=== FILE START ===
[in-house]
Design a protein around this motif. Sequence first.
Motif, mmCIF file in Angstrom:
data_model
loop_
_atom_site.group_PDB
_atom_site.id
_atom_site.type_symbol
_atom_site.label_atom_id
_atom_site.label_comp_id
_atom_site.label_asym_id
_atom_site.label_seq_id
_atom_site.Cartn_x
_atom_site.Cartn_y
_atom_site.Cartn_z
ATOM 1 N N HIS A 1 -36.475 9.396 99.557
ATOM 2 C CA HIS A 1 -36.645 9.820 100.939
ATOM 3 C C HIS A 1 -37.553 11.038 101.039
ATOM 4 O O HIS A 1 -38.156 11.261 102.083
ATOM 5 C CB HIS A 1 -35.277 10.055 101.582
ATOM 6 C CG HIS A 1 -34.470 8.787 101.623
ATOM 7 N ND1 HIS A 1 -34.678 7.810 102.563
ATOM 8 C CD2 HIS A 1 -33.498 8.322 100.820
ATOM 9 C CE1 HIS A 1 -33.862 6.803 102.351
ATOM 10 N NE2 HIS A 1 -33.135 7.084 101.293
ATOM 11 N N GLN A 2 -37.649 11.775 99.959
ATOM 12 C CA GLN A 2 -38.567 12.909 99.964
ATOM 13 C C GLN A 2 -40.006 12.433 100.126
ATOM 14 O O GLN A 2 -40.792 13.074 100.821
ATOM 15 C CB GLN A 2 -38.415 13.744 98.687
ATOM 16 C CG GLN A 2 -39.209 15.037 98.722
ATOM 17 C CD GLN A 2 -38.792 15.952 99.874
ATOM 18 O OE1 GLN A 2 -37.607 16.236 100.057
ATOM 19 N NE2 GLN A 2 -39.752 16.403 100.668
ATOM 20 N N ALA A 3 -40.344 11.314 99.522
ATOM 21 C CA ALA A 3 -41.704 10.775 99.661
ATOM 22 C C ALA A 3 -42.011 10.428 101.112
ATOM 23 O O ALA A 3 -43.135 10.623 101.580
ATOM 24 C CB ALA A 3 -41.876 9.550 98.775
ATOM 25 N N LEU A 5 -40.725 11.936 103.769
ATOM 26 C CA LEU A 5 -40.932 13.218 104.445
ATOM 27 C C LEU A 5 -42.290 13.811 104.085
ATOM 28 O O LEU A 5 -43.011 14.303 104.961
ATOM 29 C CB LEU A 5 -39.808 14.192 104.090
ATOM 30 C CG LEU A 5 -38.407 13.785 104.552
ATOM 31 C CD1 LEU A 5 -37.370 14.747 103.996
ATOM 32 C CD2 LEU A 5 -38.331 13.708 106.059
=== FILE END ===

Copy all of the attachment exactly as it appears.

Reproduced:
[in-house]
Design a protein around this motif. Sequence first.
Motif, mmCIF file in Angstrom:
data_model
loop_
_atom_site.group_PDB
_atom_site.id
_atom_site.type_symbol
_atom_site.label_atom_id
_atom_site.label_comp_id
_atom_site.label_asym_id
_atom_site.label_seq_id
_atom_site.Cartn_x
_atom_site.Cartn_y
_atom_site.Cartn_z
ATOM 1 N N HIS A 1 -36.475 9.396 99.557
ATOM 2 C CA HIS A 1 -36.645 9.820 100.939
ATOM 3 C C HIS A 1 -37.553 11.038 101.039
ATOM 4 O O HIS A 1 -38.156 11.261 102.083
ATOM 5 C CB HIS A 1 -35.277 10.055 101.582
ATOM 6 C CG HIS A 1 -34.470 8.787 101.623
ATOM 7 N ND1 HIS A 1 -34.678 7.810 102.563
ATOM 8 C CD2 HIS A 1 -33.498 8.322 100.820
ATOM 9 C CE1 HIS A 1 -33.862 6.803 102.351
ATOM 10 N NE2 HIS A 1 -33.135 7.084 101.293
ATOM 11 N N GLN A 2 -37.649 11.775 99.959
ATOM 12 C CA GLN A 2 -38.567 12.909 99.964
ATOM 13 C C GLN A 2 -40.006 12.433 100.126
ATOM 14 O O GLN A 2 -40.792 13.074 100.821
ATOM 15 C CB GLN A 2 -38.415 13.744 98.687
ATOM 16 C CG GLN A 2 -39.209 15.037 98.722
ATOM 17 C CD GLN A 2 -38.792 15.952 99.874
ATOM 18 O OE1 GLN A 2 -37.607 16.236 100.057
ATOM 19 N NE2 GLN A 2 -39.752 16.403 100.668
ATOM 20 N N ALA A 3 -40.344 11.314 99.522
ATOM 21 C CA ALA A 3 -41.704 10.775 99.661
ATOM 22 C C ALA A 3 -42.011 10.428 101.112
ATOM 23 O O ALA A 3 -43.135 10.623 101.580
ATOM 24 C CB ALA A 3 -41.876 9.550 98.775
ATOM 25 N N LEU A 5 -40.725 11.936 103.769
ATOM 26 C CA LEU A 5 -40.932 13.218 104.445
ATOM 27 C C LEU A 5 -42.290 13.811 104.085
ATOM 28 O O LEU A 5 -43.011 14.303 104.961
ATOM 29 C CB LEU A 5 -39.808 14.192 104.090
ATOM 30 C CG LEU A 5 -38.407 13.785 104.552
ATOM 31 C CD1 LEU A 5 -37.370 14.747 103.996
ATOM 32 C CD2 LEU A 5 -38.331 13.708 106.059